Sunday, March 9, 2014
By Randy Billings firstname.lastname@example.org
(Continued from page 1)
A Press Herald photo illustration combines an aerial photo of the Bayside neighborhood with the developers’ architectural model of the buildings proposed for the “midtown” project. The view is in the direction of Marginal Way and Interstate 295.
Staff photo illustration by Christian MilNeil and T.E.D. Andrick
Monro has said his group would be willing to take its appeal to the Maine Supreme Judicial Court should the Superior Court rule in favor of the city. But the Williston-West ruling is giving the group hope.
“There’s a shift in outlook here,” he said. “It may turn out that a full and fair hearing could be held in Superior Court.”
Attorney Gary Vogel, who is representing The Federated Cos., said the parallels between Williston-West and “midtown” are not that strong. The Williston-West case turned on the fact that the city granted a contract zone that allowed a new commercial use for a residential neighborhood. That is not the case with “midtown,” which is being proposed in a business district, he said.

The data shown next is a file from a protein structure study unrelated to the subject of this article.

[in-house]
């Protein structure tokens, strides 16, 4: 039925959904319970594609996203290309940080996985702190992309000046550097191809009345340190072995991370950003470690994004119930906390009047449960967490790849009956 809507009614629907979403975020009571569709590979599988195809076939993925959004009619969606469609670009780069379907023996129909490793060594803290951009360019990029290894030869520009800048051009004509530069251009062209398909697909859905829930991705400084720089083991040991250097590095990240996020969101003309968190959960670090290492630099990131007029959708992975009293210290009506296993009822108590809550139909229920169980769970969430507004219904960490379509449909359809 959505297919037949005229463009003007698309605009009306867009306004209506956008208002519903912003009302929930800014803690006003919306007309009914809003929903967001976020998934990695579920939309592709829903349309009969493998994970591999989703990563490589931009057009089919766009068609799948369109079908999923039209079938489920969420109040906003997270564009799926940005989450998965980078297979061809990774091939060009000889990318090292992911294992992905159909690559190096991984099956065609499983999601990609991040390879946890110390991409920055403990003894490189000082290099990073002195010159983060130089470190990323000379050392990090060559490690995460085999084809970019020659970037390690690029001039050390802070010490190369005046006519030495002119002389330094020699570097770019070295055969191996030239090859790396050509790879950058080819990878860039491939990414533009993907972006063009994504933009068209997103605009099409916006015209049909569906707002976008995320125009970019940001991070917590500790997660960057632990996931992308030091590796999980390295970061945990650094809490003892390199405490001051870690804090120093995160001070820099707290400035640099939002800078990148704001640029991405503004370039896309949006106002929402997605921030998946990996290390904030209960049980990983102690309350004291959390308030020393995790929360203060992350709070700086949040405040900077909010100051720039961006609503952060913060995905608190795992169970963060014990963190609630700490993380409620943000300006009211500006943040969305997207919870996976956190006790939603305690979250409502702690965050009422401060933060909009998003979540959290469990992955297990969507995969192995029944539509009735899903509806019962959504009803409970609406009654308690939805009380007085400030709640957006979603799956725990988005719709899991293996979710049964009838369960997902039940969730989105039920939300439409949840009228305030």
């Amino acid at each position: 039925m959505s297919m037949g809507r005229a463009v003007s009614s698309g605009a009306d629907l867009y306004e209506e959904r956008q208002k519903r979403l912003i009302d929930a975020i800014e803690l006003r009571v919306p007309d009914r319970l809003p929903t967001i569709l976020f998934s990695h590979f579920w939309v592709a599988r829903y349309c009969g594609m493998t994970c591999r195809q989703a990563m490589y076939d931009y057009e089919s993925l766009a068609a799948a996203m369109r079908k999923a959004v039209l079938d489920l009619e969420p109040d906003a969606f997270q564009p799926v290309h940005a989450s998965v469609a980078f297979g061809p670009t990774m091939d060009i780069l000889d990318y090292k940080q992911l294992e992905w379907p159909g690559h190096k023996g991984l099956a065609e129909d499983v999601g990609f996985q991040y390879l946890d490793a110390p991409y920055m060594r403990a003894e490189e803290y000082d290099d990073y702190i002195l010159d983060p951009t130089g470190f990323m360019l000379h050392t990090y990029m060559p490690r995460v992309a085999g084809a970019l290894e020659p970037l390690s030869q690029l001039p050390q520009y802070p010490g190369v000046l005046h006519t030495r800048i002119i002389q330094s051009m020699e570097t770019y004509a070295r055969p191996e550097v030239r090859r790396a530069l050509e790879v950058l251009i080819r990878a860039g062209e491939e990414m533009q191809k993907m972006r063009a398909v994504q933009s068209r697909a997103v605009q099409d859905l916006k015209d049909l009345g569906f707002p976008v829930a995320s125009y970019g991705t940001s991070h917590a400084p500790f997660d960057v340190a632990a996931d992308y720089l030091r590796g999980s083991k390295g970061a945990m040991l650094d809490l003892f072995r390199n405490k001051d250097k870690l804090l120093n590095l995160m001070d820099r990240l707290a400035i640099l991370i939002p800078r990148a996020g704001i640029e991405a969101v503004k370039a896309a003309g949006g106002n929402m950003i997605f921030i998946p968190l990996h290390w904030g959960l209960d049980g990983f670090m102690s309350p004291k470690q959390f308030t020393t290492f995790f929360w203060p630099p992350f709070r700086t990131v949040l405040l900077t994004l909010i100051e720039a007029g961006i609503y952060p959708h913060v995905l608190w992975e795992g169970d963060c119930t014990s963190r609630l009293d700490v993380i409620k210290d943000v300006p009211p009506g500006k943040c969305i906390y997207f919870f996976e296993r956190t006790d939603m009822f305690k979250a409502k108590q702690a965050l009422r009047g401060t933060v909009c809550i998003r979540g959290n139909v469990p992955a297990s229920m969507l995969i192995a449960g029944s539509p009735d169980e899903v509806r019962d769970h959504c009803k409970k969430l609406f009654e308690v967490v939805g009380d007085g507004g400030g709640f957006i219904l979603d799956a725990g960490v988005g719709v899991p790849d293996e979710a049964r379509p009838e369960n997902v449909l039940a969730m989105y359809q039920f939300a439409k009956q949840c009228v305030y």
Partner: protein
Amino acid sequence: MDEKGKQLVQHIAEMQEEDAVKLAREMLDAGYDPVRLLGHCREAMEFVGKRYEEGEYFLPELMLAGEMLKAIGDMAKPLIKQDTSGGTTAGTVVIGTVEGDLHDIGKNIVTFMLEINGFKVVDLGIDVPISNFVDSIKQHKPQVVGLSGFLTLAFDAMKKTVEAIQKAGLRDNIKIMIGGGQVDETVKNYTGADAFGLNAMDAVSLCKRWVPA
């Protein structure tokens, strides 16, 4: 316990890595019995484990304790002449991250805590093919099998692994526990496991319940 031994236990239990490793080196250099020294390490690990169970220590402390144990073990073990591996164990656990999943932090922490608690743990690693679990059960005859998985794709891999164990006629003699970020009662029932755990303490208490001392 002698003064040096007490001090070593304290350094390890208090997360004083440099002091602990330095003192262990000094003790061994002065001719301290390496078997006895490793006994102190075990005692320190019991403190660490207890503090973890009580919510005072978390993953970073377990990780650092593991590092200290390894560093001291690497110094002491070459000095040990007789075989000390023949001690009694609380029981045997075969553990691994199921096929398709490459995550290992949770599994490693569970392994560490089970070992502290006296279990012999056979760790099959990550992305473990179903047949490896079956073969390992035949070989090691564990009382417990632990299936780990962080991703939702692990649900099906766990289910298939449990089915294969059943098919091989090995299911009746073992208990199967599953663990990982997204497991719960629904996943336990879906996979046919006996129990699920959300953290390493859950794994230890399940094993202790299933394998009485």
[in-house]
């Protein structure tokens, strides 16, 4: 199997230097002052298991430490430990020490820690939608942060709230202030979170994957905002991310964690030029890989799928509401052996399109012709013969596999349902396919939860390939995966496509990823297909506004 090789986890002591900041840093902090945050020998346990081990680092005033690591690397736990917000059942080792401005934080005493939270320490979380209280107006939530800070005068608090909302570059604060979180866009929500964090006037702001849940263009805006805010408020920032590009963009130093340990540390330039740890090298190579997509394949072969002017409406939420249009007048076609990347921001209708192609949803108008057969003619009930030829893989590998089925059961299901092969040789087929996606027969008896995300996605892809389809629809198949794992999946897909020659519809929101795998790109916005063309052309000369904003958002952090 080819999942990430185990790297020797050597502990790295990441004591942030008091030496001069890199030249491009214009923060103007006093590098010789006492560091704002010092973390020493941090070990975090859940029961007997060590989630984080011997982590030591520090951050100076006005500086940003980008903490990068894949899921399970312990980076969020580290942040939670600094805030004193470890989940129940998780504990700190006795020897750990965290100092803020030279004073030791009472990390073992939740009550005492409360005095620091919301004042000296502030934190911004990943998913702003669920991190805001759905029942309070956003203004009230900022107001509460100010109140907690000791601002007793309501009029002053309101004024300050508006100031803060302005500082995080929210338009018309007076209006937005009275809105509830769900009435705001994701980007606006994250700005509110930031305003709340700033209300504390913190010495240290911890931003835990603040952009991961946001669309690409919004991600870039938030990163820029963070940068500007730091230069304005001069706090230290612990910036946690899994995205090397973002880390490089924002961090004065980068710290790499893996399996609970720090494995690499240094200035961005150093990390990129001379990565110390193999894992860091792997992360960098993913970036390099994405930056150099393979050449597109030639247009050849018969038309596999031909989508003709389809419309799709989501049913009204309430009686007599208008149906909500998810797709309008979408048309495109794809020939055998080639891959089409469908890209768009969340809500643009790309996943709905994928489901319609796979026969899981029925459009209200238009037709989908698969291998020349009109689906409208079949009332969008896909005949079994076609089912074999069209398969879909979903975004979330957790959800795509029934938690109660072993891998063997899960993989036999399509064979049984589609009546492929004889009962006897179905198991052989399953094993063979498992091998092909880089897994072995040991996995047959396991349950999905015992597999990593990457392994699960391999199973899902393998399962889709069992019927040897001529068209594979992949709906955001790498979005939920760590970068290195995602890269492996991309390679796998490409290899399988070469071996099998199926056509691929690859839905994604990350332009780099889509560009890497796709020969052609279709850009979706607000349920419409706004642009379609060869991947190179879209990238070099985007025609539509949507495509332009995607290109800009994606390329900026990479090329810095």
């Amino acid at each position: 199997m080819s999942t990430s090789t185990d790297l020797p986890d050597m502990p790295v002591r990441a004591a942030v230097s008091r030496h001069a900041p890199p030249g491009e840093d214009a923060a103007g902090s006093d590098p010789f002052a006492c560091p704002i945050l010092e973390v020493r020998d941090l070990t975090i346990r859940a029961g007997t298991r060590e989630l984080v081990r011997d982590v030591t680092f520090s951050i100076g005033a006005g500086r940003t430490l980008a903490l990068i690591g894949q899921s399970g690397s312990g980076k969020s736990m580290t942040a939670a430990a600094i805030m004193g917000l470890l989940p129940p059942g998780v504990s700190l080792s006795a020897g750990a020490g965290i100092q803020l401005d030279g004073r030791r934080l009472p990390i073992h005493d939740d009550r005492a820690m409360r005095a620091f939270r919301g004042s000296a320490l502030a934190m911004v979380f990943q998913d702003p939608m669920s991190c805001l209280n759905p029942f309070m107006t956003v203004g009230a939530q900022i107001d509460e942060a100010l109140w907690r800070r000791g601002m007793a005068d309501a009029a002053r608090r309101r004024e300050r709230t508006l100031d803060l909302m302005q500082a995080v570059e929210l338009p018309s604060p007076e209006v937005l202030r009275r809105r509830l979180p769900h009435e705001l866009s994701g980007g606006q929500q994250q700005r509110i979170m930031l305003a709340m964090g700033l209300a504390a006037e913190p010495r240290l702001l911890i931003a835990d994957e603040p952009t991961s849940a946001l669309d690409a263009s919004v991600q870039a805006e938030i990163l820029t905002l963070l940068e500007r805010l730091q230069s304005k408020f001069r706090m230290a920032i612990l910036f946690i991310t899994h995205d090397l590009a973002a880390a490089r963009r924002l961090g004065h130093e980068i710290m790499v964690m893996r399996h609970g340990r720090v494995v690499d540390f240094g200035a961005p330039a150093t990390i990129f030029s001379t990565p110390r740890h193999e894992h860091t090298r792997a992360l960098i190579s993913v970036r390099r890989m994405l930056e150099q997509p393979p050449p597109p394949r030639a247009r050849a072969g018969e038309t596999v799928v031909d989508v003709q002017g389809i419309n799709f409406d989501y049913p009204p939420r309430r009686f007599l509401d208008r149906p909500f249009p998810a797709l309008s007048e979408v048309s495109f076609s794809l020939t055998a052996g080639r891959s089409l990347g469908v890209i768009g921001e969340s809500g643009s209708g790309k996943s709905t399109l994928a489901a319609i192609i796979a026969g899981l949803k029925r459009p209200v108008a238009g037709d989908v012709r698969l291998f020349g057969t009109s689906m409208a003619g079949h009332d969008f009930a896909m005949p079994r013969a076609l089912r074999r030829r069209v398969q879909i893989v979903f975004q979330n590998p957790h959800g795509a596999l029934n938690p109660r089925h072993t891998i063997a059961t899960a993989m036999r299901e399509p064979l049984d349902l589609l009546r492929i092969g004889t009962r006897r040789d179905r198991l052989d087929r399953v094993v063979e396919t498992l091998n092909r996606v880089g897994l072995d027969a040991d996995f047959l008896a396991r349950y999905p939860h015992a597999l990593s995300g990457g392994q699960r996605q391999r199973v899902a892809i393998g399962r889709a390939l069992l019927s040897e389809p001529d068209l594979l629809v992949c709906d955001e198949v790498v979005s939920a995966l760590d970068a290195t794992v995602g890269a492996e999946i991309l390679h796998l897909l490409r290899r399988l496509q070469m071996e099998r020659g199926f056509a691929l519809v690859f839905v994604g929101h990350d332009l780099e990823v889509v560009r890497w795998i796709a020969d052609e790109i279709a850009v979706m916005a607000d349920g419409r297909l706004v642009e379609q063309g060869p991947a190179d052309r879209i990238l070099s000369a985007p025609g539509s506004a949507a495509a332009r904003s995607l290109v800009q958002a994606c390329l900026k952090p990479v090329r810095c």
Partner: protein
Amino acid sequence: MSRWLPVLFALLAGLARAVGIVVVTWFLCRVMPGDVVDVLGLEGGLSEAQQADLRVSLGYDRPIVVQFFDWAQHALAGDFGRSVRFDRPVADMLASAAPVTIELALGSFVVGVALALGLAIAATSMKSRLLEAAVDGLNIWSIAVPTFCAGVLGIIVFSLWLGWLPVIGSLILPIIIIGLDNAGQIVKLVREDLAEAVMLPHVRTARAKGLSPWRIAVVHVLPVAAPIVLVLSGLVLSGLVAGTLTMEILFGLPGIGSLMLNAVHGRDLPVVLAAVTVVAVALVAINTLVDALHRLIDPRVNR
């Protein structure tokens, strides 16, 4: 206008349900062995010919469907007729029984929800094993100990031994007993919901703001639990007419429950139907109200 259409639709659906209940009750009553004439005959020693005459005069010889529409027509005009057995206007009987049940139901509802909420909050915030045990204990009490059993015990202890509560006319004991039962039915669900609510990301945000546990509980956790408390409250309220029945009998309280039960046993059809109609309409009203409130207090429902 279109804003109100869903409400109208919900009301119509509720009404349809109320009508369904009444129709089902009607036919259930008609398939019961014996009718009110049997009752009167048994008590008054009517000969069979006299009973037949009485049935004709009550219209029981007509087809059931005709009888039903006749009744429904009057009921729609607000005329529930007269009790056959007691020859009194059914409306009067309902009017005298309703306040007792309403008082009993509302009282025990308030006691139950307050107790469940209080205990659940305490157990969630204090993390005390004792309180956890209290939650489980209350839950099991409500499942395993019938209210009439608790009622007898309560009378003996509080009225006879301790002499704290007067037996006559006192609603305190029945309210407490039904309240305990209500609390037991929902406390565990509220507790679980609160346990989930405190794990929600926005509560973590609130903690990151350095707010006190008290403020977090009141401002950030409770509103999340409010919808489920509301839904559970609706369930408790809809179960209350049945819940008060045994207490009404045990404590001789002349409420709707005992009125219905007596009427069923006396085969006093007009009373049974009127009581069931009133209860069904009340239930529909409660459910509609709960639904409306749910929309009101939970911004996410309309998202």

The “midtown” project did receive a zone map change that increased the allowable height of the buildings, and zone text amendments that altered design standards. But Shinberg said those changes will allow for a more attractive building to be built on a narrow, contaminated lot.
Vogel and Shinberg highlighted changes to the project that have come out of the lengthy planning process, including the widening of some sidewalks, raising the Bayside Trail and withdrawing a request to build on a portion of land intended to be a gateway to the trail.
“We think the project is better because of it,” Vogel said.
Randy Billings can be contacted at 791-6346 or at: